What’s the difference between Chutney and Relish

What’s the Difference Between Relish and Chutney, Anyway?

Thick, sweet, chunky chutneys are perfect when served with spicy curries. And nothing beats a hearty roast beef sandwich with a delightfully sour and tangy tomato relish. But the words chutney and relish are so often used interchangeably. This can lead to social awkwardness, embarrassment or even mass panic at the dinner table. To avoid this, we’ve outlined the main differences between chutney and relish so you’ll be well-informed the next time these popular condiments land on your table.

What Is Relish?

The Oxford dictionary refers to a relish as “a piquant sauce or pickle eaten with plain food to add flavour.” It’s thought that relish came about as a way to preserve leftover vegetables to use in the colder months. A typical relish will usually include:

  • Chopped vegetable pieces
  • white vinegar
  • sugar
  • salt
  • spices such as mustard, dill seeds, turmeric, curry powder or chili

The most popular types of relishes are tomato, cucumber or pickle, Chow-Chow, piccalilli and the quintessential Gentleman’s Relish with anchovies. In the States, relishes are typically dolloped on hot dogs, heaped on hamburgers and smothered on sandwiches. It’s tart and sour or pickled in character, rather than sweet, although sweet varieties of relish certainly do exist, and plenty of people add fruit as well.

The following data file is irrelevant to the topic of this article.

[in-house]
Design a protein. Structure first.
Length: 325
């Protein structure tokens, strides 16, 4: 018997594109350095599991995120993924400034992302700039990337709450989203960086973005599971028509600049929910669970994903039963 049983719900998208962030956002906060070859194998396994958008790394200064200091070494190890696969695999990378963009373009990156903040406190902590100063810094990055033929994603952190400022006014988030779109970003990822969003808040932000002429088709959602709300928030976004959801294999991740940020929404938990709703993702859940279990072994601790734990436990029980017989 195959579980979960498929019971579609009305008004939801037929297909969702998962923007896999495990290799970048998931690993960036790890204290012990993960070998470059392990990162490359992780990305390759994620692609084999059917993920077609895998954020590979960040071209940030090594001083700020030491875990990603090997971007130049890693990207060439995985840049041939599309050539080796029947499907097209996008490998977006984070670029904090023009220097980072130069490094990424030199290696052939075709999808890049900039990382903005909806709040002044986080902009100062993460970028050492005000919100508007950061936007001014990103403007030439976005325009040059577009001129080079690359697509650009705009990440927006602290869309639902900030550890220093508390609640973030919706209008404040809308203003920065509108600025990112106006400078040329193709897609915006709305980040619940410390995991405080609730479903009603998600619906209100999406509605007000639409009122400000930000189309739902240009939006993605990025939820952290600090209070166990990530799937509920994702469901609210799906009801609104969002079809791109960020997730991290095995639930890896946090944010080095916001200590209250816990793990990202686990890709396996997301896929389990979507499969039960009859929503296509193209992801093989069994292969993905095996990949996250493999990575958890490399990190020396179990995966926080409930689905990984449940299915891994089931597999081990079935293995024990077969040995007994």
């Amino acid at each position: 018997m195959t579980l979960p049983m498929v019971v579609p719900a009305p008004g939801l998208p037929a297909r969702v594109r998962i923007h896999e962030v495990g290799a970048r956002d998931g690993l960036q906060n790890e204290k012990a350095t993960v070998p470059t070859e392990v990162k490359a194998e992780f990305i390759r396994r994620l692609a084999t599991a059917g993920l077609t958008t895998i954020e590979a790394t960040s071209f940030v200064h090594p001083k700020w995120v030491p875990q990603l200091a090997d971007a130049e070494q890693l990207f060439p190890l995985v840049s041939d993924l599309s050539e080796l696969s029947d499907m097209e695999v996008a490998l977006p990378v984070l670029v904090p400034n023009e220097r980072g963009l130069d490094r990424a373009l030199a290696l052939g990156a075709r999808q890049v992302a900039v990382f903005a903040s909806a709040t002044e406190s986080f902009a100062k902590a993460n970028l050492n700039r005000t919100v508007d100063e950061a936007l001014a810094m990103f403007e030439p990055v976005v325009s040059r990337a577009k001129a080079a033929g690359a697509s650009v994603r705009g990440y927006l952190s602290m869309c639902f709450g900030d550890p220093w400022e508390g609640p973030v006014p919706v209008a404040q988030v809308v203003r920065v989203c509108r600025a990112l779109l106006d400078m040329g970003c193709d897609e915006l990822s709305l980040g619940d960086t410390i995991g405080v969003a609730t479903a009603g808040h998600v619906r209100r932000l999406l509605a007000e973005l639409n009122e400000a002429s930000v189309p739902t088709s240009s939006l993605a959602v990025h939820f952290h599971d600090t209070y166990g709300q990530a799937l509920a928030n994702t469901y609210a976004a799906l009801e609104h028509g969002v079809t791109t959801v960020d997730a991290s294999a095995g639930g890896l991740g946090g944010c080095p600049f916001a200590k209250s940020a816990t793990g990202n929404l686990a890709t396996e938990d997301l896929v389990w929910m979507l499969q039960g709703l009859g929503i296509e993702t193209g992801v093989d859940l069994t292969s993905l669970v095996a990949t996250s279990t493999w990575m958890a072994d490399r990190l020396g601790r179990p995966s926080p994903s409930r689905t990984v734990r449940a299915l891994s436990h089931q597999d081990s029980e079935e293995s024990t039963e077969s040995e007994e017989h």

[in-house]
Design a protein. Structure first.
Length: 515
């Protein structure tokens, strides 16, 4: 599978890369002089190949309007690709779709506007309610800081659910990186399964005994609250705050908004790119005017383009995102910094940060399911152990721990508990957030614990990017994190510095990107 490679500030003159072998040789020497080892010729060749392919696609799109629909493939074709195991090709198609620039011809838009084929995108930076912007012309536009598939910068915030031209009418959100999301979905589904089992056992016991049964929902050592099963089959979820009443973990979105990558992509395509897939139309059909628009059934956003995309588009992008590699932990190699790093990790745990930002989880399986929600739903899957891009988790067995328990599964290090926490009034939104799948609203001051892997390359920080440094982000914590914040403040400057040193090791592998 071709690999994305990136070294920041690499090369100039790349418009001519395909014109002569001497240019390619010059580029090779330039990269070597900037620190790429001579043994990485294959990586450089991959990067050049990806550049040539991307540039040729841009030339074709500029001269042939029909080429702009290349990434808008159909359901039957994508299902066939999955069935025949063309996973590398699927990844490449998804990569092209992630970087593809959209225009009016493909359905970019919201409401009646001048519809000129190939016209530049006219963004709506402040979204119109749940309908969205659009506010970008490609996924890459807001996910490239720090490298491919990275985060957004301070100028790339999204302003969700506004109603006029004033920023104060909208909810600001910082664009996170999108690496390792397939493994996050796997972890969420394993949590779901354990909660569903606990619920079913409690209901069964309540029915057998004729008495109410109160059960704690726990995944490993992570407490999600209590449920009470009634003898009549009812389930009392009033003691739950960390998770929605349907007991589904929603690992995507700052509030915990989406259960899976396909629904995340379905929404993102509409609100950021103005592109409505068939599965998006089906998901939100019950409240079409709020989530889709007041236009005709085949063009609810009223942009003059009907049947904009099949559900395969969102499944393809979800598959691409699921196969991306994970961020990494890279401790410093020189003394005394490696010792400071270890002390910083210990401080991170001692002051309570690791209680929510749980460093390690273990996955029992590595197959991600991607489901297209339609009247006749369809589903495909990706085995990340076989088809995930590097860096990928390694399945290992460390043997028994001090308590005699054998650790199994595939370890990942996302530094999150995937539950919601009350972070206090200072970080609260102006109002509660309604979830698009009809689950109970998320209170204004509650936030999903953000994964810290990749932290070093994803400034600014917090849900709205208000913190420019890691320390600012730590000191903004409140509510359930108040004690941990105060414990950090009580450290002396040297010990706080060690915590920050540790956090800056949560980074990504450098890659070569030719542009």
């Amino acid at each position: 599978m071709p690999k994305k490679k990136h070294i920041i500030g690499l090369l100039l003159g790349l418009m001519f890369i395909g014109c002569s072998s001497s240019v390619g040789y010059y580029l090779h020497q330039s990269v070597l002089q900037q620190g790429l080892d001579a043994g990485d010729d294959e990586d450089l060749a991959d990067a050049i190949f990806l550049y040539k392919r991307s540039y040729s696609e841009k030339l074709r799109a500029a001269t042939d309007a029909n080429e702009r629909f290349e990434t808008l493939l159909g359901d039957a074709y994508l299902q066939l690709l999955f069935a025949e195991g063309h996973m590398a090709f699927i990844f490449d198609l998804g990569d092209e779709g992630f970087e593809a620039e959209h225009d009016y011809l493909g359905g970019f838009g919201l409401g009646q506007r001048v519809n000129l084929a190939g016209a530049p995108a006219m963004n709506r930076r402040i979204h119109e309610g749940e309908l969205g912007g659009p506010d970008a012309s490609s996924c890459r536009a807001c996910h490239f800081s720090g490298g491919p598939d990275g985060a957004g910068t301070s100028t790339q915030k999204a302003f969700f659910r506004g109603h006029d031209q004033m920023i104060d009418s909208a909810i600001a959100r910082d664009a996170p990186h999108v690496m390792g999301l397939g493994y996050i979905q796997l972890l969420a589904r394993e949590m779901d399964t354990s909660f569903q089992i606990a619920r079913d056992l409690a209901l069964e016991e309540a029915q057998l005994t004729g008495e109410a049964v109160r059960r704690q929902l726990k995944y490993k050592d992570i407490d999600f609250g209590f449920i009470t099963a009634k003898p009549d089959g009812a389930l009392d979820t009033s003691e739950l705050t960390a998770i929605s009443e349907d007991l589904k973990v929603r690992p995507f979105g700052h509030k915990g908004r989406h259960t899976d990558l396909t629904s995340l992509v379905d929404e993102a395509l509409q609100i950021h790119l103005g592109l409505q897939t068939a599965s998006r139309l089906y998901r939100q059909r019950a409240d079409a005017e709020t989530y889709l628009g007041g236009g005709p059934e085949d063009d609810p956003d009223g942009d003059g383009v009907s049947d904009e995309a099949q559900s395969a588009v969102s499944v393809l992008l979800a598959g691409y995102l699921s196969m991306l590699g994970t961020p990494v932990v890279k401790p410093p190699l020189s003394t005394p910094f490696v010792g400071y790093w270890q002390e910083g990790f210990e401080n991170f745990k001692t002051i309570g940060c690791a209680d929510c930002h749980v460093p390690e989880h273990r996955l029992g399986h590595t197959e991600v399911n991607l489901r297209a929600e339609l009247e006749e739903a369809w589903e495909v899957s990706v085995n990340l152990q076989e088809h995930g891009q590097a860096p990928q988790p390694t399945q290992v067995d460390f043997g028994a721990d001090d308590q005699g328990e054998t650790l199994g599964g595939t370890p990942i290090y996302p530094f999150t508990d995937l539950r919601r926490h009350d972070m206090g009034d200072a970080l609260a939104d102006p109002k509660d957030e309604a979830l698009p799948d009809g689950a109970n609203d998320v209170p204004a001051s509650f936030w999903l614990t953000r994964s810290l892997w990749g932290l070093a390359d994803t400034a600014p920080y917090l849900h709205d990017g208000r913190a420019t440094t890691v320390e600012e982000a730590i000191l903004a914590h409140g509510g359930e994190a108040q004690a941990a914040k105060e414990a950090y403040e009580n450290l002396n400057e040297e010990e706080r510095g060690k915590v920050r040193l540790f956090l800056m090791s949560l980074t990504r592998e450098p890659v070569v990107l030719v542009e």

Betty's Green Tomato Relish
Betty’s Green Tomato Relish

What’s Chutney, Then?

Chutney is a thick, chunky and rather exotic type of sauce made predominantly with fruits and spices, originating in eastern India. The word comes from the Indian term chatni or chalni, the latter meaning “strongly spiced”. How to make chutney? A typical recipe includes the following ingredients:

  • Fruit pieces and/or nuts
  • Vinegar
  • sugar
  • spices such as tamarind, coriander, ginger, garlic, cumin and cardamom.

So what can you do with a chutney? Chutneys were created to go with spicy Indian curries, but plenty of people pair them with sharp cheddar cheeses and enjoy them on sandwiches, just as you would a relish. You can also serve chutney as a dipping sauce, add it to rice or top a baked potato with it.

Mango Chutney by Sameer Goyal
Mango Chutney by Sameer Goyal

Chutney vs. Relish: the Condimental Differences

If you’re still confused about the difference between chutney and relish, you can relax – so is the rest of the world. Mass confusion reigns, especially on the internet. But some fundamental differences appear to exist (these are up for debate, of course!):

  • Chutney is chunkier, softer and usually slow-cooked for longer whereas the vegetable pieces in relishes are usually still firm
  • The relish sauce is thinner in consistency and has a “pickled” or “vinegary” flavour
  • Relish tends to contain mostly vegetables, and usually only one type e.g. pickles or tomatoes, whereas chutneys contain mostly fruits, sometimes several varieties (e.g. plums and apricots)
  • Chutney is eastern Indian in origin, relish comes from England

Sweet or salty, sour and spicy, fruit-based, vegetable-based, exotic or homely: we relish all our condiments and sauces with equal gusto and have an enormous range of them for serving with curries, rice, pastas, potatoes or grilled meats.

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